A Snapshot of Alzheimer's Research, From the Institutional Point of View

Where are we with Alzheimer's research? I noticed a very institutional point of view today. Only the big, heavily funded consensus science is mentioned - none of the more exciting or speculative recent research. This is science patterned after lumbering organizations; slow to change direction, careful and extremely conservative in taking steps or drawing conclusions. Effectively, it's yesterday's science, the well-trodden and heavily regulated path. After extracting the three letter agencies and policy matters:

The body of data on Alzheimer's that has accumulated to date is substantial, researchers say, marking a pivotal point in the disease's history and transforming the perception of Alzheimer's as an isolating and inevitable consequence of aging to a potentially manageable, chronic disease that can be slowed or even prevented through a vaccine.

What scientists know so far is this:

-- the amyloid peptide -- which forms the plaques in the brain that prevent neurons from communicating -- is the primary culprit in the vast majority of cases, giving researchers a specific disease target to aim for;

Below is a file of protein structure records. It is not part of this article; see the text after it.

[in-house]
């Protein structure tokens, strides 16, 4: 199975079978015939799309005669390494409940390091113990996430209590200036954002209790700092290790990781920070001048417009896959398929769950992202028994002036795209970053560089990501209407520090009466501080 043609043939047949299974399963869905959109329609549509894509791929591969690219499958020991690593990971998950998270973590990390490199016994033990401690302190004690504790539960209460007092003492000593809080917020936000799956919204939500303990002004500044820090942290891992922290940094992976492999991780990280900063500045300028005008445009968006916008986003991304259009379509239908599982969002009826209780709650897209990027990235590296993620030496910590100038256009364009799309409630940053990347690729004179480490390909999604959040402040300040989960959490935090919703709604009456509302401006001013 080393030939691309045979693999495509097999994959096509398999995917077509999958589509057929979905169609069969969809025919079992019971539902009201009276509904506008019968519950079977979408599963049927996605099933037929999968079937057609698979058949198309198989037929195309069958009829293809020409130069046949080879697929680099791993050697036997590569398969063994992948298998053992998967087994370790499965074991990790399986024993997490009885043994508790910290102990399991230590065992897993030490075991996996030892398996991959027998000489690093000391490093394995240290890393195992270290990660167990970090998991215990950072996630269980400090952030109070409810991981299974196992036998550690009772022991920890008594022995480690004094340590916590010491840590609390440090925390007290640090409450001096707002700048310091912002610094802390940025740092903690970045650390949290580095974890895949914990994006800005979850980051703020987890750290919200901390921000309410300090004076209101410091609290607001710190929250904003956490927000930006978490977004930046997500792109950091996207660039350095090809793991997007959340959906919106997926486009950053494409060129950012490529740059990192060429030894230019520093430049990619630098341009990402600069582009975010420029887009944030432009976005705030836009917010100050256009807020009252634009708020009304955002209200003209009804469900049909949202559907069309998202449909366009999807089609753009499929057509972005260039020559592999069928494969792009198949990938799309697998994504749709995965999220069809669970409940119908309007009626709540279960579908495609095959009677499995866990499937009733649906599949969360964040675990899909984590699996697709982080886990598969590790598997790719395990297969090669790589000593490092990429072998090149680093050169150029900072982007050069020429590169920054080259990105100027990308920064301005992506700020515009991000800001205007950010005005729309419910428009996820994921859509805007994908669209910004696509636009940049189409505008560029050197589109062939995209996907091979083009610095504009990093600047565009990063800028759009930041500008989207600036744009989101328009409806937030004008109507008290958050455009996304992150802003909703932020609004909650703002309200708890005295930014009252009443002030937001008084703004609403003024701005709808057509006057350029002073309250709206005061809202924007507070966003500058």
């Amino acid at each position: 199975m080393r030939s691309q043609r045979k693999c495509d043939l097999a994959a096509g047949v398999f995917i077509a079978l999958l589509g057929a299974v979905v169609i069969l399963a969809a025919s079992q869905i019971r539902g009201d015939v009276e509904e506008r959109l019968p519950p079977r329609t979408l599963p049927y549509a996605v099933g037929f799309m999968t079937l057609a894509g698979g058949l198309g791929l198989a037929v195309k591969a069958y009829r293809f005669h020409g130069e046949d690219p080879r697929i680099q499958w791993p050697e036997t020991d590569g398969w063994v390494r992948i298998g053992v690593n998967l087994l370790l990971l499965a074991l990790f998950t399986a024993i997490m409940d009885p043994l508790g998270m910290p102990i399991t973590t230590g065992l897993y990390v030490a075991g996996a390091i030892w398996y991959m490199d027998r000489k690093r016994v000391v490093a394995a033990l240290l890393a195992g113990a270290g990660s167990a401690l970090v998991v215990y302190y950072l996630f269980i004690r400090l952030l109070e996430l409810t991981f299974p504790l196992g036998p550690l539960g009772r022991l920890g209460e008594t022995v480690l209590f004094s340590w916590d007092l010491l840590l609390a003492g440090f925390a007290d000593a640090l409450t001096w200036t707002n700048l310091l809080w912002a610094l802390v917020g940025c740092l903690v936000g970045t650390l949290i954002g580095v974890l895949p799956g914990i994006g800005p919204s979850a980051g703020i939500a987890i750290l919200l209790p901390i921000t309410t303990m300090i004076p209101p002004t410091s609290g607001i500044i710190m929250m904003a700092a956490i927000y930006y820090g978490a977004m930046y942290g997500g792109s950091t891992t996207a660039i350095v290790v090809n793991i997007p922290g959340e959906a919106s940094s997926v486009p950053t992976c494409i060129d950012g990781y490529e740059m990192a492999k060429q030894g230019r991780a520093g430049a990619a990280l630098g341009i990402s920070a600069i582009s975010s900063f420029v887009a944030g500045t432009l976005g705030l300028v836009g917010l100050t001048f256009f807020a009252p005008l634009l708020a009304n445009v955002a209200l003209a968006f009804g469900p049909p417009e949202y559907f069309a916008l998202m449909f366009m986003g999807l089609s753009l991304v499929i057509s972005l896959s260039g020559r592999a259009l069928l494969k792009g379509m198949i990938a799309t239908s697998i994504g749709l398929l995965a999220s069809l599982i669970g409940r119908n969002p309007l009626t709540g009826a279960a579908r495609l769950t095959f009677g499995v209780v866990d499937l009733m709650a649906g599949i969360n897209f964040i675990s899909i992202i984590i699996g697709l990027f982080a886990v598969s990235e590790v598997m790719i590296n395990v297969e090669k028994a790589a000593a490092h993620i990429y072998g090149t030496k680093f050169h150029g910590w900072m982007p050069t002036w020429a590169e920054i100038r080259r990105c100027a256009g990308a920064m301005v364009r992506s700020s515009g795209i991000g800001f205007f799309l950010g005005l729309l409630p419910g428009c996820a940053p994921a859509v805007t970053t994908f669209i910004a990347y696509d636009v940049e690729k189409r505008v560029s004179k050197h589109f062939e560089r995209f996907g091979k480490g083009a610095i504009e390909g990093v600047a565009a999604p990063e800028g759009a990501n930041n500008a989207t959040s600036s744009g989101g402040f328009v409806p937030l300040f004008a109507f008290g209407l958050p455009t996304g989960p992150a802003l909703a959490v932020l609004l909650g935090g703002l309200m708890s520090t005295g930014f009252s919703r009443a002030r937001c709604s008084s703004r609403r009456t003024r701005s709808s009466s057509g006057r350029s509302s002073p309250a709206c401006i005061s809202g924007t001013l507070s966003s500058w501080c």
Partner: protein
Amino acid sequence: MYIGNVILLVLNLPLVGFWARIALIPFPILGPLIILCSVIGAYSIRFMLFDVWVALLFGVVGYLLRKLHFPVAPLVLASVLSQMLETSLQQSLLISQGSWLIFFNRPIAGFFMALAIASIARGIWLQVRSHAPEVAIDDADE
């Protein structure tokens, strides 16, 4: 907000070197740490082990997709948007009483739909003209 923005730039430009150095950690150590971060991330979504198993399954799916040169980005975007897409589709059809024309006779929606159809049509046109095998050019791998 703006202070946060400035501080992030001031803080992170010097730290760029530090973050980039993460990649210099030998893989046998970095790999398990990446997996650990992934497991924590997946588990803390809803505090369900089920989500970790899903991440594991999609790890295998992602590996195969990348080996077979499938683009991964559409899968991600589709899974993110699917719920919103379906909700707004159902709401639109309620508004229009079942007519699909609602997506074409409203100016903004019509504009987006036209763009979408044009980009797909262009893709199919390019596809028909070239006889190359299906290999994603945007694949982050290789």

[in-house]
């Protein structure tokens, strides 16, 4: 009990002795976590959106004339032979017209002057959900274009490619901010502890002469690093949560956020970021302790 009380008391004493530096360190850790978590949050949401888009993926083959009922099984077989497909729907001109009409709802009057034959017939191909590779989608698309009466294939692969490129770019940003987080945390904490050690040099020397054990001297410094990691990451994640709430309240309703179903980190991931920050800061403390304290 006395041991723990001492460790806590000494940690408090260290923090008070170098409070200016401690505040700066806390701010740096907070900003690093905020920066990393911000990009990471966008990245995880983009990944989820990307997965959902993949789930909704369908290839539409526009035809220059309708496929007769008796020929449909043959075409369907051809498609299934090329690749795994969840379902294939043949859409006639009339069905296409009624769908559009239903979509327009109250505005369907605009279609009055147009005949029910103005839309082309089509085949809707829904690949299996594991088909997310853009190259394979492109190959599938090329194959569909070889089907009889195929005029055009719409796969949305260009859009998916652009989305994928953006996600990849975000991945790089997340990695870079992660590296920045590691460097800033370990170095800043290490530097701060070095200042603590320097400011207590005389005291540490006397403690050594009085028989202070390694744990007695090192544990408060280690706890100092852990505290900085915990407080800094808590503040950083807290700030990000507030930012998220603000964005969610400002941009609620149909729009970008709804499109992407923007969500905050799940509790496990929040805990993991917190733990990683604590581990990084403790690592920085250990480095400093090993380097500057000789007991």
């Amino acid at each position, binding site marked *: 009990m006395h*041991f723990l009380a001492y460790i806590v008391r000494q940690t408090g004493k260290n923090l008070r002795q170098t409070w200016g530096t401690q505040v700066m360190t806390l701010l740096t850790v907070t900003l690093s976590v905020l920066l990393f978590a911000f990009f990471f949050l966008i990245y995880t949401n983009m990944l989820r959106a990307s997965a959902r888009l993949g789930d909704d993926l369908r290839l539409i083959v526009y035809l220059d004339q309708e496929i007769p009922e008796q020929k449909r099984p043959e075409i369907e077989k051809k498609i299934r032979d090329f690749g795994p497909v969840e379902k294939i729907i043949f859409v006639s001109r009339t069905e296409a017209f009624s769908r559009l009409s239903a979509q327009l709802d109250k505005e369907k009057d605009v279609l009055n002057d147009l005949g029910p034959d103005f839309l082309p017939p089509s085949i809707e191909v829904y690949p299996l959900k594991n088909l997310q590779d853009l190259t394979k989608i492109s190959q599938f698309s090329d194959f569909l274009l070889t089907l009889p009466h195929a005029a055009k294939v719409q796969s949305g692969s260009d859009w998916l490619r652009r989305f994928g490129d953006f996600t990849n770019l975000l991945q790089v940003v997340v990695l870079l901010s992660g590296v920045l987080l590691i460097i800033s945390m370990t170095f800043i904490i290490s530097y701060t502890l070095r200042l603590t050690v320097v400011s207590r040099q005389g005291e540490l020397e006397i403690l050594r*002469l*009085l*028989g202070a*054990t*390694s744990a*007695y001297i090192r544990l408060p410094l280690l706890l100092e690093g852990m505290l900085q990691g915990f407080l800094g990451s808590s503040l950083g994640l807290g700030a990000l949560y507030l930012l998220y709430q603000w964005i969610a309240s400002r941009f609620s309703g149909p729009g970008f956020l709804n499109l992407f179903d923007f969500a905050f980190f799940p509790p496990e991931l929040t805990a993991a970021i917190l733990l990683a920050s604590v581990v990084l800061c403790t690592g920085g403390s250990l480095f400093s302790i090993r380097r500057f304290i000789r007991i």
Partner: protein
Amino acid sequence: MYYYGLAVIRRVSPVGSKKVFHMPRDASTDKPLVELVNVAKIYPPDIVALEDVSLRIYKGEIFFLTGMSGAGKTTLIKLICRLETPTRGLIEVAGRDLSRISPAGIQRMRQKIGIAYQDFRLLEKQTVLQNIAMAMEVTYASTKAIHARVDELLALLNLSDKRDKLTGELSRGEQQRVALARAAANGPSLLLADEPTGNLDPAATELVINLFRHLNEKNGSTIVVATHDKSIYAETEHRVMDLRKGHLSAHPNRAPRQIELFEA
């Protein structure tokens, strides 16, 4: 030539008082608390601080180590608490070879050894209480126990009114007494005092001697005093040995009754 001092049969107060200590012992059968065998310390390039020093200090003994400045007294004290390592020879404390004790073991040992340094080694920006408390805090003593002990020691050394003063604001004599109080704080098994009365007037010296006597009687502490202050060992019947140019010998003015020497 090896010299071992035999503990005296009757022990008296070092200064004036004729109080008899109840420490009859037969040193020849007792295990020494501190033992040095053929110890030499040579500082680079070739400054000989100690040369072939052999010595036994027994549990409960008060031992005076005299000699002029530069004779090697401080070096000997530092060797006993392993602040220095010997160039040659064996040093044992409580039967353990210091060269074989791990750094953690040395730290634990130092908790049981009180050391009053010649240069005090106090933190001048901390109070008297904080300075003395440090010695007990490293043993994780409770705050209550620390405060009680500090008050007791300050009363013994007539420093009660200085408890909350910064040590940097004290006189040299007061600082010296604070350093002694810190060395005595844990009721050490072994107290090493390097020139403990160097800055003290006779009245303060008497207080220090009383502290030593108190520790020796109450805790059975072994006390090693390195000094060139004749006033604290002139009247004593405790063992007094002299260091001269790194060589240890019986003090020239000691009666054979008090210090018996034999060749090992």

-- less than 1 percent of Alzheimer's cases are caused by a single gene mutation;

-- anti-inflammatory drugs and estrogen don't seem to work, but antioxidants, the supplement DHA and cholesterol-lowering drugs called statins show promise;

-- lifestyle choices including exercise, diet, intellectual stimulation and social interaction all play a critical part in warding off brain-plaque formation.

Pharmaceutical companies are currently testing drugs that specifically target amyloid peptides and remove them from the brain, and vaccines that harness the body's own immune system to do the same job. Other experimental therapies go after Alzheimer's symptoms by, for example, correcting imbalances in brain chemicals like serotonin and dopamine that control communications among the brain's neurons.

The rest is worth reading for an insight into the mindset of those who see science as as a block-puzzle of large funding entities, legislation and regulation. From where I stand, nothing could be further from the actual process of creating new knowledge and new technologies; it's rather unfortunate that so many people "graduate" from useful, productive work into that airy realm of block-puzzles.

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